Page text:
Iran’s annual exercises will be held in the Strait of Hormuz, the Gulf of Oman, the Bab el-Mandab and northern parts of the Indian Ocean, to train in the fight against terrorism and piracy, Rear Admiral Habibollah Sayyari said, quoted by Reuters. Today’s drill marks the last phase of war games that started in 2016, Iran’s Tasnim news agency reported. The exercise, codenamed ‘Velayat 95’, kicked off in Iran’s south following an order from Iranian Navy Commander Rear Admiral Habibollah Sayyari.
Apart from the main drills, Iran’s Navy commando units are conducting special operations in the southeastern Makran region. Last June, Sayyari said that Tehran was planning to carry out 20 military drills before March 2017. Iranian officials insist that the war games do not violate the Joint Comprehensive Plan of Action (JCPOA) – the nuclear deal between Iran and the Group 5+1 signed in January of 2016.
The UN nuclear watchdog said on Saturday that Iran has been found to be in full compliance with the nuclear deal, but the report comes against a backdrop of rising tensions between Tehran and Washington.
Earlier this month, then-US National Security Advisor Michael Flynn said that “Iran had been put formally on notice” after Tehran fired a ballistic missile. Later in February, President Trump tweeted that “Iran is playing with fire,” promising that he won’t be as “kind as [former President] Obama” and warned the Islamic Republic after its ballistic missile test on Jan. 29 that it was playing with fire and all U.S. options were on the table.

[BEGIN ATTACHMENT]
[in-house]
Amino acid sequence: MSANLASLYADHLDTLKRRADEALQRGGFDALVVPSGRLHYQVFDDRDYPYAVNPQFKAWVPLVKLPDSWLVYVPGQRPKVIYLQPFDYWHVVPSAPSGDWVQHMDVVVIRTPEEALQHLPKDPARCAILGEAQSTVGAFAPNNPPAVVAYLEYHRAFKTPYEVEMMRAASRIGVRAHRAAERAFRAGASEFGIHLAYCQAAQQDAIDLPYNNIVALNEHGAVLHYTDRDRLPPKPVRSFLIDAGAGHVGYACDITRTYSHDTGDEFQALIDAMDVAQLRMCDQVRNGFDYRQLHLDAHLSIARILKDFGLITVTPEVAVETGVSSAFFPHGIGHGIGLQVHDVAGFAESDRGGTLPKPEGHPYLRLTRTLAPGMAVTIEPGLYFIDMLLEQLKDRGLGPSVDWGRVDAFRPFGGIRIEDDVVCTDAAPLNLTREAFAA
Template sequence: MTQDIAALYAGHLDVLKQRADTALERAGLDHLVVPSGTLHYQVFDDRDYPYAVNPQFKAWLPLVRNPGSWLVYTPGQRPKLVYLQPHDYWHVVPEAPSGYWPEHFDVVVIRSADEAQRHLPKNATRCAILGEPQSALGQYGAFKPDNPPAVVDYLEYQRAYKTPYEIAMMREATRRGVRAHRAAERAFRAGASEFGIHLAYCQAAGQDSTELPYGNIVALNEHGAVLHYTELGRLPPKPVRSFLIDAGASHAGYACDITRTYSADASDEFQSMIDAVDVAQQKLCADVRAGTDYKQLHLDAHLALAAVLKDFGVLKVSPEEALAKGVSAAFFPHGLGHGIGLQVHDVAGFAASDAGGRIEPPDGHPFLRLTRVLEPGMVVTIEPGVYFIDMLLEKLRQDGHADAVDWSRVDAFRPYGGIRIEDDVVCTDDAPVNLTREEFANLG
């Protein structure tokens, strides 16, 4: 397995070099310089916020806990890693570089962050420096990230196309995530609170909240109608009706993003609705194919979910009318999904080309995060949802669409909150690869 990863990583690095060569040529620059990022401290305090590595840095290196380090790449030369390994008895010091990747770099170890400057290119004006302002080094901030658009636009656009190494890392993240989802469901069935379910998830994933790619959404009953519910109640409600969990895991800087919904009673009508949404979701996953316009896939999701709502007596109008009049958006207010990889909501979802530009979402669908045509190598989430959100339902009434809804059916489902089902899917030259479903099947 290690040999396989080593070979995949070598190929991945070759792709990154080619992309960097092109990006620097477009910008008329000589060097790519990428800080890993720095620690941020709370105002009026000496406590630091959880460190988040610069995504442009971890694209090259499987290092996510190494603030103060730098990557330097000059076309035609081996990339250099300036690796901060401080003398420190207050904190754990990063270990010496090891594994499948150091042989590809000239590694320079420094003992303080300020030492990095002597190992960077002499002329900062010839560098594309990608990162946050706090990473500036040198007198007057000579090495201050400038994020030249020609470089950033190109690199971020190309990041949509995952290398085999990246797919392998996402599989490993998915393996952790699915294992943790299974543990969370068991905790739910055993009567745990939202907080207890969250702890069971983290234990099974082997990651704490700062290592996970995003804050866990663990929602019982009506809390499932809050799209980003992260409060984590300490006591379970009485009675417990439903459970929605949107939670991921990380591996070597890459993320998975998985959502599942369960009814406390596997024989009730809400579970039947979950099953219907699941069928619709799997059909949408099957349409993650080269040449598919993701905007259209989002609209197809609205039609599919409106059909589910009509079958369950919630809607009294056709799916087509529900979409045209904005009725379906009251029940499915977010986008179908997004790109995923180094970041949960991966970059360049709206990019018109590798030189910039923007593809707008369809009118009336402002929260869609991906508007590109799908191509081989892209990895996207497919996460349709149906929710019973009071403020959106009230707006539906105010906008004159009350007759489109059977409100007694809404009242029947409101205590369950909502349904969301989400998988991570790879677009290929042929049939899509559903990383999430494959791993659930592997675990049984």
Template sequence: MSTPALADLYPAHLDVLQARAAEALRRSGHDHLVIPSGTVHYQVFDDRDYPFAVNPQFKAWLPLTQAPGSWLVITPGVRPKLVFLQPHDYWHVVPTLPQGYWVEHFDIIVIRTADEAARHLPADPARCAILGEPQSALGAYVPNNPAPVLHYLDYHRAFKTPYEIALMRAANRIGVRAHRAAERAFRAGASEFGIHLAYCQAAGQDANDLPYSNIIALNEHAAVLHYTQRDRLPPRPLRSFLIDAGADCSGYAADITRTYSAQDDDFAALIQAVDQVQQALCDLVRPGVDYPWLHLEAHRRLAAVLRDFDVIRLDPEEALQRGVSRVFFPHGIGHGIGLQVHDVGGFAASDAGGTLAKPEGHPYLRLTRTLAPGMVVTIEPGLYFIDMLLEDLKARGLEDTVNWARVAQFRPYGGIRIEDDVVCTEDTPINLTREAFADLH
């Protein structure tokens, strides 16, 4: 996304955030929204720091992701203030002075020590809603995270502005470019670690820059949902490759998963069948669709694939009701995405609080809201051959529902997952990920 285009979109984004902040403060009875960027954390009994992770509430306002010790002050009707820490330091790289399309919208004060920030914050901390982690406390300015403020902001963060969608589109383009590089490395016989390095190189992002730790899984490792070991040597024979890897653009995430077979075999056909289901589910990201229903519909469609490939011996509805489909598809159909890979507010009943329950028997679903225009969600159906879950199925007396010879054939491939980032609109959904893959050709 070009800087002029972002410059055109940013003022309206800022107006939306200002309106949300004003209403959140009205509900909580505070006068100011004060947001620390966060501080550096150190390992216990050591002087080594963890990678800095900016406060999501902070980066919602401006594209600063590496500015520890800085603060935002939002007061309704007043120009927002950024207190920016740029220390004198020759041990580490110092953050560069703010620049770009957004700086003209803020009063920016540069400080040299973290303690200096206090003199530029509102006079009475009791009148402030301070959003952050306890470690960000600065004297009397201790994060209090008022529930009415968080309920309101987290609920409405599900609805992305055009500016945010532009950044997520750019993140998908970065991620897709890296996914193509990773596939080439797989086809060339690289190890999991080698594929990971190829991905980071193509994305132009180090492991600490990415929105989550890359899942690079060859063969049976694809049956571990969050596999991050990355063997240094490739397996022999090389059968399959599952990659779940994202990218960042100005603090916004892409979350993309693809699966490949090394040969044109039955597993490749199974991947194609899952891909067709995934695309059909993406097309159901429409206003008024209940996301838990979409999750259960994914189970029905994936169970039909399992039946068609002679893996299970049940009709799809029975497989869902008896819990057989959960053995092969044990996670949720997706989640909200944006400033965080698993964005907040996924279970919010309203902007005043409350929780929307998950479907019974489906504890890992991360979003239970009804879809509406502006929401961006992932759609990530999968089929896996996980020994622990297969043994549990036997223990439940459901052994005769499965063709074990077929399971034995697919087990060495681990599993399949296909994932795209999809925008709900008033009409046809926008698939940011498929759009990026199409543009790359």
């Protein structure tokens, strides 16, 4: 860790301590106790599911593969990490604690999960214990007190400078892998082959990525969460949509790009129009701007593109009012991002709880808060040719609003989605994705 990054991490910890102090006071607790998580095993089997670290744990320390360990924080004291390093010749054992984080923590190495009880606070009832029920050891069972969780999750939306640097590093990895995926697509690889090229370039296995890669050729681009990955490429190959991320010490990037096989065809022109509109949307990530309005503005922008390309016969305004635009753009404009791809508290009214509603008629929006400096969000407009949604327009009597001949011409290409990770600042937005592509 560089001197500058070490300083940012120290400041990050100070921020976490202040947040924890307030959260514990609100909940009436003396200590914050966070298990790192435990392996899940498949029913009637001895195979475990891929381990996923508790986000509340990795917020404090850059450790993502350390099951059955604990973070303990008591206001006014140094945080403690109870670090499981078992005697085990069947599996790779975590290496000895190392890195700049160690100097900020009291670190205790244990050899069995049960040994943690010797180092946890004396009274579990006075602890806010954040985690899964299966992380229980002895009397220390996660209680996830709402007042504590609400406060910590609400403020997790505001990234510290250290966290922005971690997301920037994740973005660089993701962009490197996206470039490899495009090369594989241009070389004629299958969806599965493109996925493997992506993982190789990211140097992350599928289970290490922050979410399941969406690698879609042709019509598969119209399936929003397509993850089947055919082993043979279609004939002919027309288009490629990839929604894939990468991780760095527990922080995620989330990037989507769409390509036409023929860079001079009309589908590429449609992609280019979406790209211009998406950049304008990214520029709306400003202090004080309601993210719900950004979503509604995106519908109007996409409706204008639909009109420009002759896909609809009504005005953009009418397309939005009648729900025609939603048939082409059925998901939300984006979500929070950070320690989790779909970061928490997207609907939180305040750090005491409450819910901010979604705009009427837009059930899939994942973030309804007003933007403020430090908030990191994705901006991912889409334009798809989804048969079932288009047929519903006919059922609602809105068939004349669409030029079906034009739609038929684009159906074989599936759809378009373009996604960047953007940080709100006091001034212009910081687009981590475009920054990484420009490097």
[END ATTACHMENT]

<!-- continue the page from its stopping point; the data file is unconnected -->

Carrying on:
In response, Iran’s foreign minister, Mohammad Javad Zarif, blasted the US, saying Tehran remains “unmoved” by threats, but will use weapons “only in self-defense.” Last month, a US Navy destroyer fired warning shots at four Iranian military ships that were allegedly approaching them at high speed near the Strait of Hormuz.
The latest US naval deployment shows that while the South China Sea has been a recent focus of the US navy, the only US ship in the region is the LHD 8 Makin Island Amphibious Ready Group, although the George H.W. Bush aircraft carrier is currently headed for the region.
Iran launched naval drills at the mouth of the Gulf and the Indian Ocean on Sunday, a naval commander said, as tensions with the United States escalated after U.S President Donald Trump put Tehran “on notice”.
Since taking office last month, Trump has pledged to get tough with Iran, warning the Islamic Republic after its ballistic missile test on Jan. 29 that it was playing with fire and all U.S. options were on the table.
Iran’s annual exercises will be held in the Strait of Hormuz, the Gulf of Oman, the Bab el-Mandab and northern parts of the Indian Ocean, to train in the fight against terrorism and piracy, Rear Admiral Habibollah Sayyari said, according to state media.
Millions of barrels of oil are transported daily to Europe, the United States and Asia through the Bab el-Mandab and the Strait of Hormuz, waterways that run along the coasts of Yemen and Iran.
Navy ships, submarines and helicopters will take part in the drills across an area of about 2 million square kilometers (772,000 square miles) and marines will showcase their skills along Iran’s southeastern coast, the state news agency IRNA said.
The U.S. Navy’s Fifth Fleet is based in the region and protects shipping lanes in the Gulf and nearby waters.
Last month, a U.S. Navy destroyer fired warning shots at four Iranian fast-attack vessels near the Strait of Hormuz after they closed in at high speed. The vessels belonged to Iran’s Revolutionary Guards which are not participating in the current war games.
Trump said earlier this month that “Iran has been put formally put on notice” for firing a ballistic missile, and later imposed new sanctions on Tehran.
(Reporting by Dubai newsroom; Editing by Sami Aboudi/Keith Weir)
Israel considers Iran to be its biggest Middle Eastern enemy. Because Iran has maintained that Israel should end its aggression and grant the people of Palestine their freedom, the Israelis claim Iran is interfering in their internal affairs.